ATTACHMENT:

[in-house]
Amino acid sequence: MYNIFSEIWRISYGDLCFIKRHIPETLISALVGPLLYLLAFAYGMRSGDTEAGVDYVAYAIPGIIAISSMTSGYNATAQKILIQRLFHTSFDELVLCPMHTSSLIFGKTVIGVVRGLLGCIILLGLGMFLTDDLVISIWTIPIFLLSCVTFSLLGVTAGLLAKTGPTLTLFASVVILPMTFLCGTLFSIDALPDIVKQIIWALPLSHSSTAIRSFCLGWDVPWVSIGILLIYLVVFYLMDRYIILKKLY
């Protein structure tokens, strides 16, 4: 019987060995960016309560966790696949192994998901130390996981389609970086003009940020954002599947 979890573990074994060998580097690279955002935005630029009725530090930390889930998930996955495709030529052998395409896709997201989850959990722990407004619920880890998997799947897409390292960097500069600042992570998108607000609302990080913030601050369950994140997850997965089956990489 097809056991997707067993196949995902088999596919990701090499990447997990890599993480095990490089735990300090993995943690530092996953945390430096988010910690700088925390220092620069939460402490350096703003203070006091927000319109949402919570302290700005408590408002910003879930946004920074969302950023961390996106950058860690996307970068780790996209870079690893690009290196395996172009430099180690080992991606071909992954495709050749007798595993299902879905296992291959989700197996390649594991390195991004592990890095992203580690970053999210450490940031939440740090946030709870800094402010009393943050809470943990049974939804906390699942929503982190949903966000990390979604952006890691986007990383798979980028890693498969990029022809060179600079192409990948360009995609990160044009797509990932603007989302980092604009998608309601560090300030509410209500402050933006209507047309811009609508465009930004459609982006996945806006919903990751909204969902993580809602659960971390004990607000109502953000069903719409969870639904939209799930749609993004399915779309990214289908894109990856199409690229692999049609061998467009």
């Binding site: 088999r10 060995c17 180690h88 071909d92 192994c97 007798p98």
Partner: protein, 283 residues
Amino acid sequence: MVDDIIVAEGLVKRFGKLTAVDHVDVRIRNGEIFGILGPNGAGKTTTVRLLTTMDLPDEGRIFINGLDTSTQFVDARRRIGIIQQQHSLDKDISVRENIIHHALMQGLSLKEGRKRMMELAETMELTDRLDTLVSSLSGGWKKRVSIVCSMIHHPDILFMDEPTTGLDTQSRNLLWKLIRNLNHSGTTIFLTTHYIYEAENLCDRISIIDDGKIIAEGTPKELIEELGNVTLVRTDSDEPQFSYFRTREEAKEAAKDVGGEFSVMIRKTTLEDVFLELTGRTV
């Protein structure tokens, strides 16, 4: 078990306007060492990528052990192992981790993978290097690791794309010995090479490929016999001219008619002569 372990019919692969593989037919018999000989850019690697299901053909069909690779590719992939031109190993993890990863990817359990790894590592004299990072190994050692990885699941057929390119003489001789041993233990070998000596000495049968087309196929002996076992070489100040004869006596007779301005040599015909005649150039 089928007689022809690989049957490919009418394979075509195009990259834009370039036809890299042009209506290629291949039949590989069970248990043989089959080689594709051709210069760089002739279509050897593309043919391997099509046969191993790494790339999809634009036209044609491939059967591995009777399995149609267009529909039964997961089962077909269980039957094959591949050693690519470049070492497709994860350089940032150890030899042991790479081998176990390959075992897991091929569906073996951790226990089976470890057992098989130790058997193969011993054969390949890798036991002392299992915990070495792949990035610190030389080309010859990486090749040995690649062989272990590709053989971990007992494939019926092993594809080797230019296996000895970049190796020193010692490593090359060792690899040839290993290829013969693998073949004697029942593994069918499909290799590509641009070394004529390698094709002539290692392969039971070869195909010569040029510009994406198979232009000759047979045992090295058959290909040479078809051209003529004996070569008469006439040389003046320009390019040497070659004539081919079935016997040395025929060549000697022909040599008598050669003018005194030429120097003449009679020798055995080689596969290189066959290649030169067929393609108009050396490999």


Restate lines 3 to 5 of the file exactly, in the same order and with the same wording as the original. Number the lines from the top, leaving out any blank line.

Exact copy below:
């Protein structure tokens, strides 16, 4: 019987060995960016309560966790696949192994998901130390996981389609970086003009940020954002599947 979890573990074994060998580097690279955002935005630029009725530090930390889930998930996955495709030529052998395409896709997201989850959990722990407004619920880890998997799947897409390292960097500069600042992570998108607000609302990080913030601050369950994140997850997965089956990489 097809056991997707067993196949995902088999596919990701090499990447997990890599993480095990490089735990300090993995943690530092996953945390430096988010910690700088925390220092620069939460402490350096703003203070006091927000319109949402919570302290700005408590408002910003879930946004920074969302950023961390996106950058860690996307970068780790996209870079690893690009290196395996172009430099180690080992991606071909992954495709050749007798595993299902879905296992291959989700197996390649594991390195991004592990890095992203580690970053999210450490940031939440740090946030709870800094402010009393943050809470943990049974939804906390699942929503982190949903966000990390979604952006890691986007990383798979980028890693498969990029022809060179600079192409990948360009995609990160044009797509990932603007989302980092604009998608309601560090300030509410209500402050933006209507047309811009609508465009930004459609982006996945806006919903990751909204969902993580809602659960971390004990607000109502953000069903719409969870639904939209799930749609993004399915779309990214289908894109990856199409690229692999049609061998467009």
């Binding site: 088999r10 060995c17 180690h88 071909d92 192994c97 007798p98």
Partner: protein, 283 residues